As US fears of China grow hotter, those with Chinese backgrounds face the coldest war yet
Chi Wang says fears in the US over the threat that China presents is creating a situation unseen since the thaw in relations in 1972, and Chinese students, Chinese experts and even Chinese-Americans are beginning to feel like they don’t belong there
Our newspapers are filled with stories about Russia trying to influence US elections, scientists being arrested as Chinese spies and questions about the loyalties of American leaders and officials. Every day, whether I’m reading sources from the United States, Europe or Hong Kong, I come across someone discussing the ever-growing hostilities and fear. These are stories that would not have been out of place in the 1960s. With tensions running high and mistrust rampant, many are wondering whether the US is entering into a new cold war – with Russia, China or both.
As someone who has been involved with China-US relations since before Nixon’s 1972 visit to China ended the original cold war with China, I am left wondering if a new cold war with China is truly inevitable. Is it simply a given that a rising China and a diminishing America will clash, or is the escalation of conflict one of our own making?
There are definitely areas of concern between the US and China. President Xi Jinping’s China is more assertive and has started presenting itself as a true world power. As the US pulls away from many areas of its previous international influence – leaving international treaties and alienating allies – China is stepping into the spaces left behind.
There are still differences in world views and values between the two countries and there are also ongoing conflicts on issues such as trade, Taiwan and the South China Sea. So yes, there is tension, mistrust and conflict. But does that mean the US and China should be positioned as bitter rivals?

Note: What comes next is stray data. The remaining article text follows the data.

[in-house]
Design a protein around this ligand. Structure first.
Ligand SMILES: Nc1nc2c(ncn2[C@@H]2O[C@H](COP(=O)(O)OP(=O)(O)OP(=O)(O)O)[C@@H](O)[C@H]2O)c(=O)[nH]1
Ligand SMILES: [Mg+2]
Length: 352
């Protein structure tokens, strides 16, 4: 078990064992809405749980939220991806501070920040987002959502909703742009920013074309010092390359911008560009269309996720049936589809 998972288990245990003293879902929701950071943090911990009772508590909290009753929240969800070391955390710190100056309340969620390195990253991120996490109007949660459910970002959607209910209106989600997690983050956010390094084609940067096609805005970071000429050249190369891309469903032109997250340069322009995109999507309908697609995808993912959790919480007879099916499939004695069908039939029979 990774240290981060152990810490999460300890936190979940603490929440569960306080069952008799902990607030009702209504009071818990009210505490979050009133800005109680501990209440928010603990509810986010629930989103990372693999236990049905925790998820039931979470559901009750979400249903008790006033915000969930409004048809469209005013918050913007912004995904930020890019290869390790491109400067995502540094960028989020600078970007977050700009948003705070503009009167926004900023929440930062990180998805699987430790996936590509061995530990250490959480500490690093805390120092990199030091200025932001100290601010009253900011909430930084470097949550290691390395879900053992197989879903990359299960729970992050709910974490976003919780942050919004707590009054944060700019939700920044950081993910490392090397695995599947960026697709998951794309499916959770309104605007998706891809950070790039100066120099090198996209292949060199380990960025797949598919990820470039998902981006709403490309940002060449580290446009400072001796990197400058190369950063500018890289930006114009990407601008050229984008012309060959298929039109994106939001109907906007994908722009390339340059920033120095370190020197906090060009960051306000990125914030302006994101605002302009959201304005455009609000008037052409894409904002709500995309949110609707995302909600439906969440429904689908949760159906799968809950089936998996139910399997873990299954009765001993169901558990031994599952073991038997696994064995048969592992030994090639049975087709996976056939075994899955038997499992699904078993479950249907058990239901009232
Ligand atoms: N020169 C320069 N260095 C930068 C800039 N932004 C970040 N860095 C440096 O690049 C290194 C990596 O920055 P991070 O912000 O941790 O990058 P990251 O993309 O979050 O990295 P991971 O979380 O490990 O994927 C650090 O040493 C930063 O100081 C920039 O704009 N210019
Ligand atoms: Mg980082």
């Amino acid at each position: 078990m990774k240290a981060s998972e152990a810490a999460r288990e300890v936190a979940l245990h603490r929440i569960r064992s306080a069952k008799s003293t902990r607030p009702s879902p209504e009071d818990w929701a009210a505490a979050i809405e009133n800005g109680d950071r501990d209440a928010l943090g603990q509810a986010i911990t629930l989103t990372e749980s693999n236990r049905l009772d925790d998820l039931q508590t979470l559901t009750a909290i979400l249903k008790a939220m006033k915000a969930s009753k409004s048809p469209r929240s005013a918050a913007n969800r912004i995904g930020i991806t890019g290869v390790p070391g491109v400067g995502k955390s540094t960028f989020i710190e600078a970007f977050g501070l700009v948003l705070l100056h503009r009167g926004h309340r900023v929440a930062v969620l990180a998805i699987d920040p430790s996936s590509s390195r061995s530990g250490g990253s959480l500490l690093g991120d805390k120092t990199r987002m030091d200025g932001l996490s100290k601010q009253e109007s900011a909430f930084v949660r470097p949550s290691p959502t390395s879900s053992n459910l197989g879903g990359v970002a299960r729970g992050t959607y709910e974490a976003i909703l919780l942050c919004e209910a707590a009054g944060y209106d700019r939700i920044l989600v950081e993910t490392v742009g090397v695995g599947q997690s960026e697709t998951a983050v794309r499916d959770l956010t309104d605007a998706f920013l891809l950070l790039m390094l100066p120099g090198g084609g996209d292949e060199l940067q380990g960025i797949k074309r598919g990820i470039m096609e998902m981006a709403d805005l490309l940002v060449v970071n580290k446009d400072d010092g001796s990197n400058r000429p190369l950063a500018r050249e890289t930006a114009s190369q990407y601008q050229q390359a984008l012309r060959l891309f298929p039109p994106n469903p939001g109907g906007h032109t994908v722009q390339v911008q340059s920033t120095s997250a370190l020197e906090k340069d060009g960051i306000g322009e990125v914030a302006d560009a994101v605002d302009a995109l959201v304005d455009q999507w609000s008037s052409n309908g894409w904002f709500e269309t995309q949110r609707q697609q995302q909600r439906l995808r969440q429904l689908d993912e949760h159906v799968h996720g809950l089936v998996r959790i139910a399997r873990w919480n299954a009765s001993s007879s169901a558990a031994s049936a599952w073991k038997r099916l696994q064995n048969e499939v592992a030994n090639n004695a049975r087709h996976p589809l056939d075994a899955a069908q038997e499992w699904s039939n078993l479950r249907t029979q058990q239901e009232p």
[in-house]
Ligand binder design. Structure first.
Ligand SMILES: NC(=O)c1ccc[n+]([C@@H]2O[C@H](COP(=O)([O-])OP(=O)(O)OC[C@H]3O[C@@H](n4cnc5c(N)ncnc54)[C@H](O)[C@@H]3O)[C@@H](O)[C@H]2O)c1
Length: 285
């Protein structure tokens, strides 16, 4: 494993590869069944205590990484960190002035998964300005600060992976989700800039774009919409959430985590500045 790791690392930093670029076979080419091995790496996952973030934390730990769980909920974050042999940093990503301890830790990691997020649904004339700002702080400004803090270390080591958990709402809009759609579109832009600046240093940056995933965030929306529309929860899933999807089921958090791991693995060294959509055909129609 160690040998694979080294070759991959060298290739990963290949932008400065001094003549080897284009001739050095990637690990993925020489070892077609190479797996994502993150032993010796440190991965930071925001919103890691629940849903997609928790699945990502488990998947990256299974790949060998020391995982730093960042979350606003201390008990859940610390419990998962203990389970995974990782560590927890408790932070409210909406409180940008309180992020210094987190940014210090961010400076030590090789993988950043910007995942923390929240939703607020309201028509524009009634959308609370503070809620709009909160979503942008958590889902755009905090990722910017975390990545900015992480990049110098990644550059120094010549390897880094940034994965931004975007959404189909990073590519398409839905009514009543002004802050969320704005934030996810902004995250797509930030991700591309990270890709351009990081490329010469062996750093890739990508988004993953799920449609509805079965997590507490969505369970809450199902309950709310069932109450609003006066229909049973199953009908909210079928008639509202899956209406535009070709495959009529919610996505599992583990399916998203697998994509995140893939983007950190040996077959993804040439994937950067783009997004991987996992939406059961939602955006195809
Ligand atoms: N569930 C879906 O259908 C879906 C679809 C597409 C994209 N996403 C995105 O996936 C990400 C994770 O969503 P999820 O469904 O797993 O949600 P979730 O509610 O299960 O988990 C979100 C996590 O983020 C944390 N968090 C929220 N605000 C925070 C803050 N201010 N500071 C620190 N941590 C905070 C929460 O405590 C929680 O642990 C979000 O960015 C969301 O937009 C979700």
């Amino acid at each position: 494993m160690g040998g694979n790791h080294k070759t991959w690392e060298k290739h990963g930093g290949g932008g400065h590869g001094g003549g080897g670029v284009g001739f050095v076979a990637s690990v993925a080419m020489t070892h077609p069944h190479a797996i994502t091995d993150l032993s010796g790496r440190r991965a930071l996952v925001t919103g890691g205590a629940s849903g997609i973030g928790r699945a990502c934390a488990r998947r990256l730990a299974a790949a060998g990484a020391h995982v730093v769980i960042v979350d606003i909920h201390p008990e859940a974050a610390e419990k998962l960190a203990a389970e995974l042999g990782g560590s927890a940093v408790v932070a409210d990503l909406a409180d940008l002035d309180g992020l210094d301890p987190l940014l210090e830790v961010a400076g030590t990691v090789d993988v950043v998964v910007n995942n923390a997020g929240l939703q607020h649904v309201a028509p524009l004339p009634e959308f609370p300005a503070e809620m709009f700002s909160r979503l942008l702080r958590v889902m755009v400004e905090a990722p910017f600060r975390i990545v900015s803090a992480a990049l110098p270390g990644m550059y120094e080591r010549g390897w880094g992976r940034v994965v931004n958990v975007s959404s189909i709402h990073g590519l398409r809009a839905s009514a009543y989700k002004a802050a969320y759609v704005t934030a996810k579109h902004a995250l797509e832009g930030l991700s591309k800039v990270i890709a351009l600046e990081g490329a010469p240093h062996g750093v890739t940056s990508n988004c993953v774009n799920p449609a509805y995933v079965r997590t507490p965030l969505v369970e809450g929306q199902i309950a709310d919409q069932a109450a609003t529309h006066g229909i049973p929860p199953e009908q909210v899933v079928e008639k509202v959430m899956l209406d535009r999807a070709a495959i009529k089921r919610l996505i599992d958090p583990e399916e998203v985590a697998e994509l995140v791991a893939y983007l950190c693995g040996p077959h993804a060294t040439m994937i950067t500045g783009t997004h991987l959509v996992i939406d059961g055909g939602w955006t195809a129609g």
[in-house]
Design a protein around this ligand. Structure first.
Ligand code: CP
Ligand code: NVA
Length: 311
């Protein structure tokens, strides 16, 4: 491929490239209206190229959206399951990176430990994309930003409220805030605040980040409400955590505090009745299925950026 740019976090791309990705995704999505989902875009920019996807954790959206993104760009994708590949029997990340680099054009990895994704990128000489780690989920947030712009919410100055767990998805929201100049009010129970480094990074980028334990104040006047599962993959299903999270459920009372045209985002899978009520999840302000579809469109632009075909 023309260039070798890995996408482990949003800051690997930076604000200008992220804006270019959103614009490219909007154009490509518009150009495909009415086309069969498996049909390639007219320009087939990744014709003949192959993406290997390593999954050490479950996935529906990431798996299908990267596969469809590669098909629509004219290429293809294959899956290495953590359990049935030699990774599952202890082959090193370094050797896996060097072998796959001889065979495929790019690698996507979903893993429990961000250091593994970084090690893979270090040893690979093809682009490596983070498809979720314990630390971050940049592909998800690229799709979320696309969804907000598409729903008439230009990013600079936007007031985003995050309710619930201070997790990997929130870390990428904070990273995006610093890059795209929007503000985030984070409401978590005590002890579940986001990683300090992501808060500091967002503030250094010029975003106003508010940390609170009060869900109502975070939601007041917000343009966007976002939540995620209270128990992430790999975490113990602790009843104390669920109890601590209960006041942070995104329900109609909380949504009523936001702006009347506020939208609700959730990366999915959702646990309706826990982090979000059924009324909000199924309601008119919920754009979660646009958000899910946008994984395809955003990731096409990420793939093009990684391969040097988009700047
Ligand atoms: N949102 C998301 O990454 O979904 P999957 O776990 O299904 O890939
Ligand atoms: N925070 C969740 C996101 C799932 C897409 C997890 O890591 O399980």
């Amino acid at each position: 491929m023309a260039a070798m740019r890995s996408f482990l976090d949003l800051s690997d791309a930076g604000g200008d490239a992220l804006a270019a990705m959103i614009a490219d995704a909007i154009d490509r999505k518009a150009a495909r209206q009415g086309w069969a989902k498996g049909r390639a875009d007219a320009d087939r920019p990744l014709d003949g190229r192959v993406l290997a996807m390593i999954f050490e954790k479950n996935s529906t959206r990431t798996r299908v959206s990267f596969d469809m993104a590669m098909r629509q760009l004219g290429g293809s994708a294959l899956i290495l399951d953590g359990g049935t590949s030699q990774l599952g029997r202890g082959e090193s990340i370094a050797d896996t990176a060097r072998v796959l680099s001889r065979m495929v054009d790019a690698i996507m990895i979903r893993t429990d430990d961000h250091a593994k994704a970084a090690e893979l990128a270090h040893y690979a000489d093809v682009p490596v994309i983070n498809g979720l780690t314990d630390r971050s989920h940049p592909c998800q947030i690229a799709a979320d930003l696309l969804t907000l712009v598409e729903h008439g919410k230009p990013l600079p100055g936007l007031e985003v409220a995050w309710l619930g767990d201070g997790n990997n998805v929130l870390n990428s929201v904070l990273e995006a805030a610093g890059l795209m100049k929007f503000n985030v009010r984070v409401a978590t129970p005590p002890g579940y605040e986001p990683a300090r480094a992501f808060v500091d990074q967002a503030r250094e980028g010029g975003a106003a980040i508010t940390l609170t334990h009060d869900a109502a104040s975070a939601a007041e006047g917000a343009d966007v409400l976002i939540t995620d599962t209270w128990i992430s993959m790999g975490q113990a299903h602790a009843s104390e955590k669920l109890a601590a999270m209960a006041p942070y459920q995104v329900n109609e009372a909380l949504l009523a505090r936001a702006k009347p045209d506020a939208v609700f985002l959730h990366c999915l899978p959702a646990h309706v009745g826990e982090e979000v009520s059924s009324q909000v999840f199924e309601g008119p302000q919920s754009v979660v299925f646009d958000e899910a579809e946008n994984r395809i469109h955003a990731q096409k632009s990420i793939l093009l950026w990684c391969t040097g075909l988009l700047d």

Earlier this month, the Aspen Security Forum took place in Colorado, gathering together sitting and retired officials from the US intelligence community and State Department, think tank experts and media pundits, to discuss the major security issues facing the US today. During the conference, Christopher Wray, director of the FBI, described China as “the broadest, most challenging, most significant threat [Americans] face as a country”. He went on to argue that “China is trying to position itself as the sole dominant superpower, the sole dominant economic power. They're trying to replace the United States in that role”.
Michael Collins, the deputy assistant director of the East Asia Mission Centre at the CIA, made similar remarks. He described the actions of the Chinese Communist Party as “fundamentally a cold war … A country that exploits all avenues of power, licit and illicit, public and private, economic, military, to undermine the standing of your rival relative to your own standing, without resorting to conflict”.
I am not surprised by these comments. After all, it is the responsibility of the intelligence community to look for potential threats and imagine worst-case scenarios. What worries me, however, is how pervasive such commentary was during the conference and how it involved not just the intelligence community but also policymakers and the media.